House Speaker Kevin McCarthy and President Joe Biden announced Saturday that they had reached a deal in principle to raise the debt limit days ahead of a possible default, marking a major breakthrough in a monthslong impasse over the issue.
“After weeks of negotiations, we have come to an agreement in principle.” McCarthy told reporters late Saturday. “We still have a lot of work to do, but I believe this is an agreement in principle that’s worthy of the American people.”
Biden released a statement shortly after acknowledging the breakthrough, which he called “an important step forward” that safeguards his legislative achievements while noting that it “represents a compromise, which means not everyone gets what they want.”
“That’s the responsibility of governing,” the president said.
With the agreement, which came after Biden and McCarthy spoke on Saturday evening, both leaders are expected to save face, in true Washington style. While Biden could protect the bulk of his legislative achievements, McCarthy could still tout that he used the debt limit to cut spending. And Americans could avoid a costly and unprecedented default.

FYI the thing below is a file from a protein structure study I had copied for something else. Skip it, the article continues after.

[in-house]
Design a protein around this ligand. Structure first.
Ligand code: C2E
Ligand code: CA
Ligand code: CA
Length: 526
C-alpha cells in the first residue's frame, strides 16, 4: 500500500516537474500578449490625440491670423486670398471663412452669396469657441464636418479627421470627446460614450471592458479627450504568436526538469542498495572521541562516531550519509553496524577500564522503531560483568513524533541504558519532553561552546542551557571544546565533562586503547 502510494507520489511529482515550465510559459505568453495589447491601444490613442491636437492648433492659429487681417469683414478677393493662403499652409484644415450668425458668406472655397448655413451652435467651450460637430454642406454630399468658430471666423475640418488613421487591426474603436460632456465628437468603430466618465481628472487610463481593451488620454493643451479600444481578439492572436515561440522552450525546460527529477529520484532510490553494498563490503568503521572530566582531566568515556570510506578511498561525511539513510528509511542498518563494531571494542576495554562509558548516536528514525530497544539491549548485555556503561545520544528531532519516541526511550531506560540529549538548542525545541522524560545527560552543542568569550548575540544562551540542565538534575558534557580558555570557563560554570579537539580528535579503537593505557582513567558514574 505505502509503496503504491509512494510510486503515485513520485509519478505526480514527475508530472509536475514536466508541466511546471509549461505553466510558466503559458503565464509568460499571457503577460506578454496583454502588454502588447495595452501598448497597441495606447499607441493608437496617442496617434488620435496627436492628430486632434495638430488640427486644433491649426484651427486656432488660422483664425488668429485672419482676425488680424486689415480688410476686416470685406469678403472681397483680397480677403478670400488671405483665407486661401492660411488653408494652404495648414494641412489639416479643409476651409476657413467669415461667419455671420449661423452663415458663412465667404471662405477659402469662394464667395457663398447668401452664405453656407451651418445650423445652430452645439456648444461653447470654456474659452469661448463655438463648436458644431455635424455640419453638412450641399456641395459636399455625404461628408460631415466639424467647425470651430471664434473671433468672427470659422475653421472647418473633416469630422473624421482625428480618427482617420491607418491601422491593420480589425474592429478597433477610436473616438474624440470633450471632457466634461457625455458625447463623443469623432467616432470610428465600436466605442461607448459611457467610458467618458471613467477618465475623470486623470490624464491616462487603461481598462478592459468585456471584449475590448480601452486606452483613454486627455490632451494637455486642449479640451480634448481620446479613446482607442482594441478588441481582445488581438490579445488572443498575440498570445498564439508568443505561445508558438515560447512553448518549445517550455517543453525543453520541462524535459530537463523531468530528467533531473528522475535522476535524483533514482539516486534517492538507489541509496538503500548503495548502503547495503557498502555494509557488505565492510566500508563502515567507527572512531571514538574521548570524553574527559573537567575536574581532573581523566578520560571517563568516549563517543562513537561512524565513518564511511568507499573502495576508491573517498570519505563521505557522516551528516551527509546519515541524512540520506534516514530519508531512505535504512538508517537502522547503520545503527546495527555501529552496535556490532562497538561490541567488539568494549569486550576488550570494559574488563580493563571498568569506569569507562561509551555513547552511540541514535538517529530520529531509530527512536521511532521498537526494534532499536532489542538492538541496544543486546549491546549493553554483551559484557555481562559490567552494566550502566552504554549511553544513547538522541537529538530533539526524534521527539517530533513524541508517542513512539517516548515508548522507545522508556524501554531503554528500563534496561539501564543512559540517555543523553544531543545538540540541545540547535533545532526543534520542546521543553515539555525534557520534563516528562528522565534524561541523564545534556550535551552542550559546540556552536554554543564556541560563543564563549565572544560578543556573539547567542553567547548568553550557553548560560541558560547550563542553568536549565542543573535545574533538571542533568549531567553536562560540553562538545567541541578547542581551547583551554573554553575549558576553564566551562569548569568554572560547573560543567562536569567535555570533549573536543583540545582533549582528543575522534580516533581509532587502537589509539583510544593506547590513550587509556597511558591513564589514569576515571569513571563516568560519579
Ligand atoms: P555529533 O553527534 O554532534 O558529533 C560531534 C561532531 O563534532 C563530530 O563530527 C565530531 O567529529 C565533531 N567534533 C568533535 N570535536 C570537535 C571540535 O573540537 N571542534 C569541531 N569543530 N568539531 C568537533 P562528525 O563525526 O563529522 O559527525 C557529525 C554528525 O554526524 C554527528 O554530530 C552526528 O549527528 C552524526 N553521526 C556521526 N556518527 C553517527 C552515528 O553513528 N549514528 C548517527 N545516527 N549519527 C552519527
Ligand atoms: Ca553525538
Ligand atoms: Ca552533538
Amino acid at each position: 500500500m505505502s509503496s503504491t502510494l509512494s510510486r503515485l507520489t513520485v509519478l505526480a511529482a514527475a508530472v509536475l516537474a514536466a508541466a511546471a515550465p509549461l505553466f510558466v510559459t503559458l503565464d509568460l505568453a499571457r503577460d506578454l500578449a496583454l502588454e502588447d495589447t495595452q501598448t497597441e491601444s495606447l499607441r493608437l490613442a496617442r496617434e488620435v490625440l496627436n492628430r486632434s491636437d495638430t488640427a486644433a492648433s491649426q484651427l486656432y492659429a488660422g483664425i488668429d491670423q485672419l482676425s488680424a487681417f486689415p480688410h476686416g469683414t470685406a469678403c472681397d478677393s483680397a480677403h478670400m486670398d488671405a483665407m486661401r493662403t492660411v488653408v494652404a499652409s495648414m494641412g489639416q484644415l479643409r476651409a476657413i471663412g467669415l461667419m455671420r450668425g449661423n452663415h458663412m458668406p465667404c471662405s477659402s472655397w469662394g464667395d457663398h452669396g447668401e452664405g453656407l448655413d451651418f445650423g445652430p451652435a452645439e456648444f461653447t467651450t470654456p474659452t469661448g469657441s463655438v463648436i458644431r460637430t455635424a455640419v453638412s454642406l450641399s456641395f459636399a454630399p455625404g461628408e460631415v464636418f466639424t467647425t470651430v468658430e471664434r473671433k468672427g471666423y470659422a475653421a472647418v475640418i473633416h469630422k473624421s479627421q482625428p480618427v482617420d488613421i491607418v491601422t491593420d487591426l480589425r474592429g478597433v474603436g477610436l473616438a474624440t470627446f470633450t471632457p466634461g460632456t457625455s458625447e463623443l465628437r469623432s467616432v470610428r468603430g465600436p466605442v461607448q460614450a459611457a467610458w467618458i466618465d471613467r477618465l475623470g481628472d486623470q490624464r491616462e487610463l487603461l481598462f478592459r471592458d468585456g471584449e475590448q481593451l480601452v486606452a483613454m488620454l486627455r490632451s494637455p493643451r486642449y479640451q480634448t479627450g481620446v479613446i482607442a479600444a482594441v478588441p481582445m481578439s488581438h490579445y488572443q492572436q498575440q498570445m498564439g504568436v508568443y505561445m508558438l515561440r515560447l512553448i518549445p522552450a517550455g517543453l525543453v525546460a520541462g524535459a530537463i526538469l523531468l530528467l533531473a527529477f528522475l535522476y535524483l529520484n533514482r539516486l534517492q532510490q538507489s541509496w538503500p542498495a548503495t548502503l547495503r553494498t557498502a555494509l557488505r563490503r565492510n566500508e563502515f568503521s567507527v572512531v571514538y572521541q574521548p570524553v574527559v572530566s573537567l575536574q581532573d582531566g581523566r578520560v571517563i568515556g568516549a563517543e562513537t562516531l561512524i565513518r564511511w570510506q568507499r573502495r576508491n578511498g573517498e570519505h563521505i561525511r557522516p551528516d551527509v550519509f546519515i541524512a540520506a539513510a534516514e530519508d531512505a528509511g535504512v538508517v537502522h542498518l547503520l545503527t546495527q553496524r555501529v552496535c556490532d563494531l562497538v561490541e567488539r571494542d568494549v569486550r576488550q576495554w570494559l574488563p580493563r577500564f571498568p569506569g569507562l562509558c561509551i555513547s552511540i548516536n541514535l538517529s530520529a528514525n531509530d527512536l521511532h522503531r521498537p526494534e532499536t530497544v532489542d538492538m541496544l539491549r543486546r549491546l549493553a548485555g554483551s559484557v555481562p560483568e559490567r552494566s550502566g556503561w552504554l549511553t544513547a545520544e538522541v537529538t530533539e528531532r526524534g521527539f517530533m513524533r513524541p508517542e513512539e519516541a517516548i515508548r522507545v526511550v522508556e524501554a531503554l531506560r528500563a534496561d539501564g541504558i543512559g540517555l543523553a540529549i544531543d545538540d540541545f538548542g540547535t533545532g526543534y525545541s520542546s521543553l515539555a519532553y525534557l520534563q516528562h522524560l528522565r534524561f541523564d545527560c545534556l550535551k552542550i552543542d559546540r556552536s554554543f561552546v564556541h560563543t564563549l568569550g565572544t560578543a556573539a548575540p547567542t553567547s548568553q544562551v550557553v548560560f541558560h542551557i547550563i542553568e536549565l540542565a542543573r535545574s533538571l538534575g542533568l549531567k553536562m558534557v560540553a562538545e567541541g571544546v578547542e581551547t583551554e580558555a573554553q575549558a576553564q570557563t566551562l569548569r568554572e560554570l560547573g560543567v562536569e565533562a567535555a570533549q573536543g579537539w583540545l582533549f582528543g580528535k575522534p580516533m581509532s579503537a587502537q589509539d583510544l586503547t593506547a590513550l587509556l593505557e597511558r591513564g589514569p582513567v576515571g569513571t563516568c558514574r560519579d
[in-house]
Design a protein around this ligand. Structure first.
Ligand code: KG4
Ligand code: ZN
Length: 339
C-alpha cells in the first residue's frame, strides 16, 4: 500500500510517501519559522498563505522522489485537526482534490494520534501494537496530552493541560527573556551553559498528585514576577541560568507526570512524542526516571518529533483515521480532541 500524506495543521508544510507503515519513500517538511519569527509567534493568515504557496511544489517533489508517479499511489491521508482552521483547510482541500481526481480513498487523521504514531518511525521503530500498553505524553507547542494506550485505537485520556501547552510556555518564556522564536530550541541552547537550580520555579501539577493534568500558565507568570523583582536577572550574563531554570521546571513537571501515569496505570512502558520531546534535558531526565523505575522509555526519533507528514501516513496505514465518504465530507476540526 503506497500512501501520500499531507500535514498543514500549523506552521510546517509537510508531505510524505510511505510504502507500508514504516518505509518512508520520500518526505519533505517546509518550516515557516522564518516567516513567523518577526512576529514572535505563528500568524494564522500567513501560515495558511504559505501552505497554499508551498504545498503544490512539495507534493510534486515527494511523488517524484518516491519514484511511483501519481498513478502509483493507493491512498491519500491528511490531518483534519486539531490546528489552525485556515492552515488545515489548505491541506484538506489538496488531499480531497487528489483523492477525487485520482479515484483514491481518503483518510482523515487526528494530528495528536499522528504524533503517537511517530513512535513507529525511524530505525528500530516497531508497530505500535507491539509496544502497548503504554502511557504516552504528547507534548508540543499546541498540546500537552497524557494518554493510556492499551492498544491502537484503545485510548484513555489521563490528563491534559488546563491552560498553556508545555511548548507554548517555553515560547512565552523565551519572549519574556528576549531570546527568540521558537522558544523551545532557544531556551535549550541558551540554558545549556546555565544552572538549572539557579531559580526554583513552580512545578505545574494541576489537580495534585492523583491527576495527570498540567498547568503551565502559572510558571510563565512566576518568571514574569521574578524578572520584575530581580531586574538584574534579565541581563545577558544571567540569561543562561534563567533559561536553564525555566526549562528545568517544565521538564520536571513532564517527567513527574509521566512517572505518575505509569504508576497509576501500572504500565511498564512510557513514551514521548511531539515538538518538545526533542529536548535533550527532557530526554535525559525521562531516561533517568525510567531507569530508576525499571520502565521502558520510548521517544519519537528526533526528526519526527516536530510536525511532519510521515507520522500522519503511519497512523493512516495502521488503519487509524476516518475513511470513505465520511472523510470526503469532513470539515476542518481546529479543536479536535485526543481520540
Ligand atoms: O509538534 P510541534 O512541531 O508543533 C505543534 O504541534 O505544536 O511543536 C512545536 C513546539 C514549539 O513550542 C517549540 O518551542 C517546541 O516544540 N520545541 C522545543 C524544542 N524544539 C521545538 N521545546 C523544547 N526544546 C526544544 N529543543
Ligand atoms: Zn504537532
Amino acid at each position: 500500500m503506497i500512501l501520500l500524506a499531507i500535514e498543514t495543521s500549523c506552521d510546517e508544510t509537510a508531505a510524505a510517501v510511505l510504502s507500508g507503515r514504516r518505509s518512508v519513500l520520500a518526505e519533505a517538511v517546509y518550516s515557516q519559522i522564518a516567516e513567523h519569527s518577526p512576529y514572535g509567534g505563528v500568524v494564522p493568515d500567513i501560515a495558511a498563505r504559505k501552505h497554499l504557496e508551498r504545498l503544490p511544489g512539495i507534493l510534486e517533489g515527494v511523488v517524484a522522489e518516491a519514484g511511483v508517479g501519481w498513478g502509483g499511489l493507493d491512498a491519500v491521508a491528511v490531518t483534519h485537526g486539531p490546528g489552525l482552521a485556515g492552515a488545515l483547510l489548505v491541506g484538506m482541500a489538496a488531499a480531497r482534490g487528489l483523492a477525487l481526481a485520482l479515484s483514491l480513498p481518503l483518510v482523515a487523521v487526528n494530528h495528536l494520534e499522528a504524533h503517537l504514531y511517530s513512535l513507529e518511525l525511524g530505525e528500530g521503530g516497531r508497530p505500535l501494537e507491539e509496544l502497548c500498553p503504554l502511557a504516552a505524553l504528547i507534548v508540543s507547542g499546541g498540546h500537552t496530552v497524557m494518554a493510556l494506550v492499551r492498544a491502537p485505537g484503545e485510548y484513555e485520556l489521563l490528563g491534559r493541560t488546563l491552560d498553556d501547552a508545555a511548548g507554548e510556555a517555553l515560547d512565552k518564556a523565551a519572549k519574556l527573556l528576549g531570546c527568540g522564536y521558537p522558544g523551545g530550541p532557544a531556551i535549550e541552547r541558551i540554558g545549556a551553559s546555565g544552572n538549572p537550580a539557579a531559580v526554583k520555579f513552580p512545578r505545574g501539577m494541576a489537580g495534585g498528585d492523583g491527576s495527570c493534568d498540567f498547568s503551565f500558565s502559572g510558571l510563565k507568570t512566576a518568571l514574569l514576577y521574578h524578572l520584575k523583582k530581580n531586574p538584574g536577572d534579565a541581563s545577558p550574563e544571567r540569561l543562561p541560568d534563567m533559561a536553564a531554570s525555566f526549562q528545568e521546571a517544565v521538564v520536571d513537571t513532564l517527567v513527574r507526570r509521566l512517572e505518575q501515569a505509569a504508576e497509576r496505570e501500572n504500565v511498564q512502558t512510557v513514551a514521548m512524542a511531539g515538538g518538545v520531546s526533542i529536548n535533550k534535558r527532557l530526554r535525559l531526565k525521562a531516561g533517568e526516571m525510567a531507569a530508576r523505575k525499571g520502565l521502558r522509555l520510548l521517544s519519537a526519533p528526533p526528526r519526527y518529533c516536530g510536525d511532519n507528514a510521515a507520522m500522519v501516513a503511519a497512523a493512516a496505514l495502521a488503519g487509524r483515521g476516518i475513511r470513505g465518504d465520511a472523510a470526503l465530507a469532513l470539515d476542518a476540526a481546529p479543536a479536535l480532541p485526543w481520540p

For months, House Republicans and the White House have been at odds over the debt limit and whether it should be tied to spending cuts. Though the White House initially took a no-negotiations stance, saying that it would not allow Republicans to hold the economy “hostage,” Biden ultimately came to the table after the House approved a debt limit hike tied to spending cuts that were a nonstarter for Democrats – and as the Treasury Department warned of a possible default in early June.
McCarthy noted that the agreement includes “historic reductions in spending,” reforms that will “lift people out of poverty into the workforce” and would not include new government programs or new taxes. Biden made clear that the agreement protects “critical programs for working people” and “prevents what could have been a catastrophic default.”
But the leaders also made clear that much work remains to be done. House Republicans were briefed Saturday night, while the text of the bill was still being written. McCarthy said he expects the text of the bill to be released on Sunday, with a vote in the House on Wednesday. After passage, the legislation would head to the Senate.
The agreement comes with little time to spare, after Treasury Secretary Janet Yellen announced on Friday that the government is expected to run out of money to pay its bills on June 5.